A very emotional time and amazing fellowship. Thank you to Twila Carter with the Astros organization that also had a hand in making this happen. Most of all to Octavio Tijerina Jr., because of his Relentlessness to continue to reach to the Astros. Abigail was so excited to have been given this opportunity to.

She even asked him if he could hit a home run for her. God bless.”

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Police: 10-year-old who wanted to be a cop shot and killed by friend

 

She touched the entire Houston area, all the way from Port Freeport, roughly 40 miles south of downtown Houston. She was loved and adored by her family, both by blood and by badge.

The United States Secret Service posted a message on their LinkedIn page.

A Tribute to Officer Abigail

 

“It was privilege to call you an honorary Secret Service Agent, Abigail. You will be missed by the Houston Field Office and the entire Secret Service. May you rest in peace, we have the watch from here.”

Earlier this year, she got to tour the state capitol with Texas Speaker of the House Dennis Bonnen, who posted to Twitter.

The greatest joy of my year was meeting & falling in love with our Angleton Angel, Abigail Rose Arias. My family & I extend our sincerest condolences & prayers to Ruben, Ilene, & Ethan during this difficult time. Officer Abigail’s courage & inspiration will linger with us always.”

 

Garivey spent a lot of time posting videos and photos of the journey he, his wife and the men and women of the Port Freeport PD walked with Abigail.

Keeping his final promise to her, earlier today he posted a heartbreaking video on LinkedIn:

Keeping my promise to my Abigail. You wanted me to make a video telling everyone that I love llamas, so here it is baby girl. Cops do play with llamas! I love you, kiddo! #prayingfor758#stayrelentless#abigailstrong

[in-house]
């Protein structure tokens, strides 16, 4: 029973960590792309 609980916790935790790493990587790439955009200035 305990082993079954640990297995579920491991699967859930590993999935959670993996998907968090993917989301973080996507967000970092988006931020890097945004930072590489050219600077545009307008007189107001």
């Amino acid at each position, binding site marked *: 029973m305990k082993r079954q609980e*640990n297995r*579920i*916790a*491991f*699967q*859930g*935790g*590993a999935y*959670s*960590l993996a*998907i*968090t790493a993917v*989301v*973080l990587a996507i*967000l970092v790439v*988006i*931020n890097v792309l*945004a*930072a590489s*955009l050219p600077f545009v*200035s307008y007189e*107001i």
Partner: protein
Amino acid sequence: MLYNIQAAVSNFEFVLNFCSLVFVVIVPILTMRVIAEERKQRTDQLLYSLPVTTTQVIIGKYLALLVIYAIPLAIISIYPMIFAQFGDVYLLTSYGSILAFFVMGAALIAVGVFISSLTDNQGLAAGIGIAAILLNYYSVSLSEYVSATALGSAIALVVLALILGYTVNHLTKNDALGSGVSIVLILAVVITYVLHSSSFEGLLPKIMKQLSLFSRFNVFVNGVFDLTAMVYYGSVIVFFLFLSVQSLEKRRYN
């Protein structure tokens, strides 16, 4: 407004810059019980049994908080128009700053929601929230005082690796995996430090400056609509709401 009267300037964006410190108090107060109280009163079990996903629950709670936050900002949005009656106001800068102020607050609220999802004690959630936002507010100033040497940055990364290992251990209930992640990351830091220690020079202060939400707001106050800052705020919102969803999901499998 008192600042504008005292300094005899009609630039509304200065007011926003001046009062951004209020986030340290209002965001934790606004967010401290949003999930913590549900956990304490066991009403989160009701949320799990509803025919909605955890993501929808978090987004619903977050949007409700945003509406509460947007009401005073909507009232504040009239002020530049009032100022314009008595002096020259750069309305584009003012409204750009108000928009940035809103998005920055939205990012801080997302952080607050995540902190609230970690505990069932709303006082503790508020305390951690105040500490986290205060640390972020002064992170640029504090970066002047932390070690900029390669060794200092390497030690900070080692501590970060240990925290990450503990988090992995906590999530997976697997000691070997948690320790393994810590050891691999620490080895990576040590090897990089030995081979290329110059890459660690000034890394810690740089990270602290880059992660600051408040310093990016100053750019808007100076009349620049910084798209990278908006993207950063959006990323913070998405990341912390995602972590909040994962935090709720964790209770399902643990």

He was able to spend time with Abigail before she passed, which has helped to bring him peace.

“The last couple of days, she hurt really bad and I didn’t want to see her suffering anymore,” said the police chief. “So, I’m at peace because I know she’s at peace and that’s what she would want me to do. So, Abigail, I’m at peace and I love her.”

Law enforcement officers from across Texas came together to escort Abigail’s casket from Angleton to Stroud Funeral Home in Clute.

She was carried from her home, where she was in Hospice care, in a flag draped casket. She was afforded the same honor as any fallen officer would receive.

 

Garivey said two police officers from various law enforcement agencies would stand watch outside the funeral home until she was laid to rest.  

Thank you Chief Garivey for showing us what it looks like to be a servant leader.

 

But more importantly, thank you for showing us what Relentless courage, love and joy look like.

May we all strive to live as relentlessly as you did.

 

On a side note… clearly Officer Abigail’s insistence that the Chief acknowledge that cops love llamas is something that will never be forgotten.